Trustee Philip Geddes tells us about the Selborne Albatross, which is being packed for trip to UK onboard British Antarctic Survey research ship Ernest Shackleton.
Even Gilbert White, with his extensive knowledge and love of birds, would have been surprised at the latest addition to his Selborne household – an albatross. Indeed Gilbert would never have seen one – the albatross is not native to Britain, and the first of the species was only identified towards the end of the 18th century.
Next Spring a black browed albatross (Thalassarche melanophris), one of the most majestic animals in the world, with a wingspan of 7 foot 8 inches, will be on display in the new library (formerly the shop) of Gilbert White & The Oates Collections.
This marvellous animal – donated to the Museum by British Antarctic Survey – will be one of the highlights of a complete overhaul of the Museum, started in February 2017 and to be completed by Easter 2018. This £3m project, supported by Heritage Lottery Fund, Hampshire County Council and the UK Antarctic Heritage Trust – among many others – is aimed at restoring large parts of the Museum estate and revolutionising the visitor experience.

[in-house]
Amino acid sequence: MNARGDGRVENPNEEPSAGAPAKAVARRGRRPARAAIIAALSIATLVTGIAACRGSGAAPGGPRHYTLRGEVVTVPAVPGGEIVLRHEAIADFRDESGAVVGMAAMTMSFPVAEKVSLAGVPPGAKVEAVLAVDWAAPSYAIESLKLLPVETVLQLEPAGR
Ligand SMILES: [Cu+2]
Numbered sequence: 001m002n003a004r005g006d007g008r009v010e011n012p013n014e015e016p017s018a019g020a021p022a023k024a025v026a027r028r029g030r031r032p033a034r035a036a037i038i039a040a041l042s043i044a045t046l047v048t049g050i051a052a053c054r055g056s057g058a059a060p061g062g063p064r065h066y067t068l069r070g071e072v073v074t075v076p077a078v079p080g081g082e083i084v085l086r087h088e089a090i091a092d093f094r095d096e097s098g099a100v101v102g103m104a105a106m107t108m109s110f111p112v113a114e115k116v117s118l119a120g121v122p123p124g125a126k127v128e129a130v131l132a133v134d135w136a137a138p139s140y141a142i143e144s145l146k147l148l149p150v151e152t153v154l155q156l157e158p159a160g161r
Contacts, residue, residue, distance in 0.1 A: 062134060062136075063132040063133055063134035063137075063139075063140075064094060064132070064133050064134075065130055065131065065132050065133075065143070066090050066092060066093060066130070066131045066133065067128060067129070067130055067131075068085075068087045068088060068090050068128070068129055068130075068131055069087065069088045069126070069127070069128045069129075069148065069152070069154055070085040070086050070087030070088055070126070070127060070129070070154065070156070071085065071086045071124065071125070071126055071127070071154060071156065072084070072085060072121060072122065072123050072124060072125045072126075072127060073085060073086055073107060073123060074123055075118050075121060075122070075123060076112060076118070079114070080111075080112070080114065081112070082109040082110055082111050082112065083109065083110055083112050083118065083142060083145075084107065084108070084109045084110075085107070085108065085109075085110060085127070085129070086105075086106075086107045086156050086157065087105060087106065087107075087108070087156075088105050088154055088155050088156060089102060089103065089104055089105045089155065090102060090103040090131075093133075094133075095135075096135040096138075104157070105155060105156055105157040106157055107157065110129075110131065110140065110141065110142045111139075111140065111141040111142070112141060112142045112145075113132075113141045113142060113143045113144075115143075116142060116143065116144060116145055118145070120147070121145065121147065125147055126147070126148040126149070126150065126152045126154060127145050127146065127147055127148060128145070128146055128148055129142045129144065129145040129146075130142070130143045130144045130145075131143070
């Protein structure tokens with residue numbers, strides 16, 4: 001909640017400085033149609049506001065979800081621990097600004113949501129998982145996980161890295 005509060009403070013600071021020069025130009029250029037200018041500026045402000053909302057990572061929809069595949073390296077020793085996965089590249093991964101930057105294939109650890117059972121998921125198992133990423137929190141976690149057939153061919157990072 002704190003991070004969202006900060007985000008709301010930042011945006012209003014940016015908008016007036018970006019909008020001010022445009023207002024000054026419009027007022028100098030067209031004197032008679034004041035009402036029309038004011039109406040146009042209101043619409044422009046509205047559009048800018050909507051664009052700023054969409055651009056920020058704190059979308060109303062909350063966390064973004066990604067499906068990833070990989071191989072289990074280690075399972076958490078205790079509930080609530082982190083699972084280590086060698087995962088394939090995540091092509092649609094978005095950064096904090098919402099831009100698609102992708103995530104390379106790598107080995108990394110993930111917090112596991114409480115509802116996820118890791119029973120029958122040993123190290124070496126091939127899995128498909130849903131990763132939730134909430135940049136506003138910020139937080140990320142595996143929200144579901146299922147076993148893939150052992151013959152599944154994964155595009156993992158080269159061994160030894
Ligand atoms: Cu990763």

The aim of the project as a whole is to secure the future of the Museum and make it a starting point for journeys of discovery in the natural world – as it was in Gilbert White’s day. Our new albatross is a good symbol of this. The Rime of the Ancient Mariner – a poem listing the disasters that befall a ship after the shooting of an albatross – was published by Samuel Taylor Coleridge in 1798. The poem is seen as the start of the romantic period in British poetry,
which led to a rebirth of interest in the relationship between man and the environment. Gilbert would certainly have agreed with one of the final verses of Coleridge’s poem:
“He prayeth best, who loveth best All things both great and small; For the dear God who loveth us, He made and loveth all”.